British PM demonstrates dominance over Tory party

PM doubles down on interpretation of supply shortages as a sign of recovery

From a circular stage in the centre of a custom-made arena, Boris Johnson teased, cajoled and delighted his audience with a performance that was as much a victory rally and a comedy turn as it was a party conference speech.

It was also a demonstration of his dominance over a Conservative Party that has reshaped itself around him and of the extraordinary political style that has driven his success.

Earlier in the week Johnson’s ministers addressed the conference in a smaller auditorium with little atmosphere, often to meagre crowds. Now they looked up at their leader like courtiers around their king, grinning uneasily as he tossed a little banter towards one or other of their colleagues.

Johnson doubled down on his interpretation of Britain’s fuel, food and labour shortages as a sign that the economy was recovering, telling businesses that they must increase wages to attract British workers. He promised a high-wage, high-productivity economy in place of low wages and low productivity fuelled by high immigration.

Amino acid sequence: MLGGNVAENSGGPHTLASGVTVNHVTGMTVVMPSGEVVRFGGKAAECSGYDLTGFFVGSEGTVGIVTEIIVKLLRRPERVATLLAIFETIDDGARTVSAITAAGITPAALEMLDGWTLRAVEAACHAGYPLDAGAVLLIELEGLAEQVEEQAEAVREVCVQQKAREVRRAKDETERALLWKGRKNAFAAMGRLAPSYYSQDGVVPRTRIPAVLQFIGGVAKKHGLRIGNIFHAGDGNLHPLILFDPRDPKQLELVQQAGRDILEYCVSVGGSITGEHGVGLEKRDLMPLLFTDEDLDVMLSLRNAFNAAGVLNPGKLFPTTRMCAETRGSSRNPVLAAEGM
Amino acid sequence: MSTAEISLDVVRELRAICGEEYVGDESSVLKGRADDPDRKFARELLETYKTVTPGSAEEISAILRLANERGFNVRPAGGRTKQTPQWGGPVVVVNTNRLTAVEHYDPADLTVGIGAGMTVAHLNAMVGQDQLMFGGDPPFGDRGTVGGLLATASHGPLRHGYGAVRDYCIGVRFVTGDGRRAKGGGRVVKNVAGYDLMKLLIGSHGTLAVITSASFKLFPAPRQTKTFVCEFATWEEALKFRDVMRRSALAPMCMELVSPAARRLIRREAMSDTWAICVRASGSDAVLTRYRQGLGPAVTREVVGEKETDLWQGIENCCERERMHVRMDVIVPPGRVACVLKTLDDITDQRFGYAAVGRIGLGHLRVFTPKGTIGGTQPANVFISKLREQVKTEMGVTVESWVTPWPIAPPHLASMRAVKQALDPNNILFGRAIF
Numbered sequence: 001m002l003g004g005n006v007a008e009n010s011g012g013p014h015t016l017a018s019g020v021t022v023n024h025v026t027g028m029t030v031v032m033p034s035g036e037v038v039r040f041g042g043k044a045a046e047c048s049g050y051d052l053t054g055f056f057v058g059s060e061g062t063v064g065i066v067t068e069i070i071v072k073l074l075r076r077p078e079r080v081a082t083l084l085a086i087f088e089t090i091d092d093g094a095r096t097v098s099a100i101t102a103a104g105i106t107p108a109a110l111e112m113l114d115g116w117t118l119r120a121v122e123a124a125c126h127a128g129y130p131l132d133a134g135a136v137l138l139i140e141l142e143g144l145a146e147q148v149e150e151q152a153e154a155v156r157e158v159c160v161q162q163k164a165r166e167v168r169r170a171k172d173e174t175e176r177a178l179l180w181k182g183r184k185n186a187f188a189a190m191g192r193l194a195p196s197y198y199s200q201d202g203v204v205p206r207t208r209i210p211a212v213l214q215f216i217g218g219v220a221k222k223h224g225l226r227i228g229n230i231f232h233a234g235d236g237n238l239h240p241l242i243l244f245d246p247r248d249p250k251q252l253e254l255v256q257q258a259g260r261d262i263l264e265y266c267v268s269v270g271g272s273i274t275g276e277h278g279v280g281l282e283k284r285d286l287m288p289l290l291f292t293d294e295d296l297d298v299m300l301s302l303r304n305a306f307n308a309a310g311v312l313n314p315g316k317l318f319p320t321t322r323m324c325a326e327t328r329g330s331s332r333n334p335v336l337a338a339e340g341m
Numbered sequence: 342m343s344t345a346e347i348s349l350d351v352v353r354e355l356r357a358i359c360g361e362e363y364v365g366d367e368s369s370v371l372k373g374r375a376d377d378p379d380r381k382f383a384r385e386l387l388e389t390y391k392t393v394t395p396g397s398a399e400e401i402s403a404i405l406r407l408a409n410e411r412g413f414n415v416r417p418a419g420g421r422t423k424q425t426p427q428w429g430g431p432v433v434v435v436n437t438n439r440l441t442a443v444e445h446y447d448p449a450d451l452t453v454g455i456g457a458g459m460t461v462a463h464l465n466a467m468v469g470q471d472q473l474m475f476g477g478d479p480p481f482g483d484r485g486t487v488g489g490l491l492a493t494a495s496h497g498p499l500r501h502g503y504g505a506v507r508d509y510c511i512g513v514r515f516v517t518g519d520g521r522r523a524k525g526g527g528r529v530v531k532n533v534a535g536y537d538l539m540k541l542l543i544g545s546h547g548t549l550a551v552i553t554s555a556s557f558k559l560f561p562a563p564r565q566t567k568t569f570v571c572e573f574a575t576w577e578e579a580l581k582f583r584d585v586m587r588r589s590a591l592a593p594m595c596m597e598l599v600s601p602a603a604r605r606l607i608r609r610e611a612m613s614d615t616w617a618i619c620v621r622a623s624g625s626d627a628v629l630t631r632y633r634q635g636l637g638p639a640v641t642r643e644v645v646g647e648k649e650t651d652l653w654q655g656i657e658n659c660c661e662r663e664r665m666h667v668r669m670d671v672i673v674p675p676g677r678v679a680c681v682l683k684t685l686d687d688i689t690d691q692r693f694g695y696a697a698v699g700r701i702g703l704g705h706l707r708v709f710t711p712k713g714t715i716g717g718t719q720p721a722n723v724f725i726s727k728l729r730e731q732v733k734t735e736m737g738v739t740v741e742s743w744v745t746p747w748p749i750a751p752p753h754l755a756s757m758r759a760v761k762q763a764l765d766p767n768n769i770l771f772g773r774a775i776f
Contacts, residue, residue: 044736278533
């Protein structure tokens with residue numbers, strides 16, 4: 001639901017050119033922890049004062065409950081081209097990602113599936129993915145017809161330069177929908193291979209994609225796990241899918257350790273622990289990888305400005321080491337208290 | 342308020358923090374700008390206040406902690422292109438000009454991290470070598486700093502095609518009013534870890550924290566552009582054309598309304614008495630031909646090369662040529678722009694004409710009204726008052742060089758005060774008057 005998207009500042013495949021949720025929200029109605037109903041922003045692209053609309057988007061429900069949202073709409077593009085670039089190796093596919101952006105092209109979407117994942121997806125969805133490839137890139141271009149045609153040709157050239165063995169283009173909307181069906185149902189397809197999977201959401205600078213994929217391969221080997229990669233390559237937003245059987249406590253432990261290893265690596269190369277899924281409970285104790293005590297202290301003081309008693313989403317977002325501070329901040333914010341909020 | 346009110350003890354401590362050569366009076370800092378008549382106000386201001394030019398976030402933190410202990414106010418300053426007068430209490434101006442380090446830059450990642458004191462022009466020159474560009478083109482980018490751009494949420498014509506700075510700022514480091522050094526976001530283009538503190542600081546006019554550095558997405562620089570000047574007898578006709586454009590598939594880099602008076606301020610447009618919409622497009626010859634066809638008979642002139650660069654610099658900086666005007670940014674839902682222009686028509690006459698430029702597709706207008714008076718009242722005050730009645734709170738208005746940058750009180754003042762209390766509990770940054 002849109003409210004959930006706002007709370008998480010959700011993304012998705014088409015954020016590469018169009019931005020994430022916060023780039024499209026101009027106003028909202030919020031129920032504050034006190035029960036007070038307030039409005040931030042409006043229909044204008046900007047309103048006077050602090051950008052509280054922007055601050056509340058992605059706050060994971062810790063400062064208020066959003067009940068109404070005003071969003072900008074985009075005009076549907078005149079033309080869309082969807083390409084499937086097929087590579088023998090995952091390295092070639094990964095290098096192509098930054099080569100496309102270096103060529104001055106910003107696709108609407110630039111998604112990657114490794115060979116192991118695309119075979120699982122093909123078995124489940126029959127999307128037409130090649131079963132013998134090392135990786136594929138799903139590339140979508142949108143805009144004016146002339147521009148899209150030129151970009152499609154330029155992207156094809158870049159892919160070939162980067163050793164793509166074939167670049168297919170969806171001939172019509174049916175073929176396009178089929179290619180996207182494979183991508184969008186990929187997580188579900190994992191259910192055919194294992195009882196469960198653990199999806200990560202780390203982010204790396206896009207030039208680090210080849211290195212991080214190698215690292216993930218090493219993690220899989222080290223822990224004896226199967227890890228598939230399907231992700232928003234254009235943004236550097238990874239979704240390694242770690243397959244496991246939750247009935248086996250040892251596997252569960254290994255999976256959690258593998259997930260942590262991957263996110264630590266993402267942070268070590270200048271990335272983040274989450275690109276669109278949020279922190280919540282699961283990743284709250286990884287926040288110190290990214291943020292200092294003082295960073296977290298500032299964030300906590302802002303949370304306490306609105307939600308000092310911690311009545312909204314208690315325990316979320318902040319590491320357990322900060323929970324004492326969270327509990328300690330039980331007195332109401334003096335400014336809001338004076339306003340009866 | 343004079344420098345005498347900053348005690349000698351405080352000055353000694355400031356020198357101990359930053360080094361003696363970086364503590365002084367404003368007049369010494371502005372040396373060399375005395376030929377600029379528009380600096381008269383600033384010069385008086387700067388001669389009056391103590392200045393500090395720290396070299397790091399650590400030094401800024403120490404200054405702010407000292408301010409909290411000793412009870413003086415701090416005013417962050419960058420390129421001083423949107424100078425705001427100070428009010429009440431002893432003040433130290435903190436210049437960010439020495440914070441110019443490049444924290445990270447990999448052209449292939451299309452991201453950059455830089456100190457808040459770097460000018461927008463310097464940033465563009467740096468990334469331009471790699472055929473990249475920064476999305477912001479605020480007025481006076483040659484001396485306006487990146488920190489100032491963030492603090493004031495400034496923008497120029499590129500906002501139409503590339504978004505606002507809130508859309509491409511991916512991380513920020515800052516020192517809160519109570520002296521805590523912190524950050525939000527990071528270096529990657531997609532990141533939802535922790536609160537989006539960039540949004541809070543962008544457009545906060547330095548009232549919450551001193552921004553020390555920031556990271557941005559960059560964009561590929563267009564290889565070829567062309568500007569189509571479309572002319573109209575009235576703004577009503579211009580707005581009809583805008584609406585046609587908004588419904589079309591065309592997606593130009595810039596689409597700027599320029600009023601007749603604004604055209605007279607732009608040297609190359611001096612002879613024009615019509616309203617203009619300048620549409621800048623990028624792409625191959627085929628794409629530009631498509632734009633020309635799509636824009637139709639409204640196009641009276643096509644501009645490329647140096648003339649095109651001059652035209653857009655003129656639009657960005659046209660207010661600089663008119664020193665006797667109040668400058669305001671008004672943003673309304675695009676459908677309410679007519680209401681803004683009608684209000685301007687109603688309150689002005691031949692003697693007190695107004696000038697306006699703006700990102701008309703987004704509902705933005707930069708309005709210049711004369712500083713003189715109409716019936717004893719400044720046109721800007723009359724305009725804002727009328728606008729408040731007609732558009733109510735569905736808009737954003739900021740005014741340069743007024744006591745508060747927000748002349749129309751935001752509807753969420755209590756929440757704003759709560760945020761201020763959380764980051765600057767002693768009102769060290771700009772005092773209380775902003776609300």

The problem, as every business group and economist in the country has pointed out, is that increasing wages will not on its own increase productivity. If you pay someone more to do the same job in the same way it is more likely to drive up prices, fuelling inflation that could in turn see interest rates rising.

Although Johnson blames EU membership and the free movement of people for Britain’s low-wage economy, its low productivity dates back decades and owes more to under-investment in skills and technology.

Supply chain

The prime minister thinks it is up to business to fix Britain’s supply chain problems, but a YouGov poll on Wednesday found that six in 10 people think it is the government’s responsibility. Even among Conservatives, a plurality agree that it is Johnson’s job to deal with the problem.

Johnson found no time in his speech to acknowledge that millions of the poorest people in Britain would on Wednesday see their incomes cut by £20 a week. The removal of the coronavirus uplift to the universal credit benefit will, according to some estimates, drive almost a million people into poverty.

Within the security cordon in Manchester, Conservative activists spent the week amusing themselves and one another in the warm glow of their political success. But the atmosphere outside is getting chillier as gas prices reach record levels, wages fail to keep up with price rises and businesses struggle with shortages exacerbated by Brexit.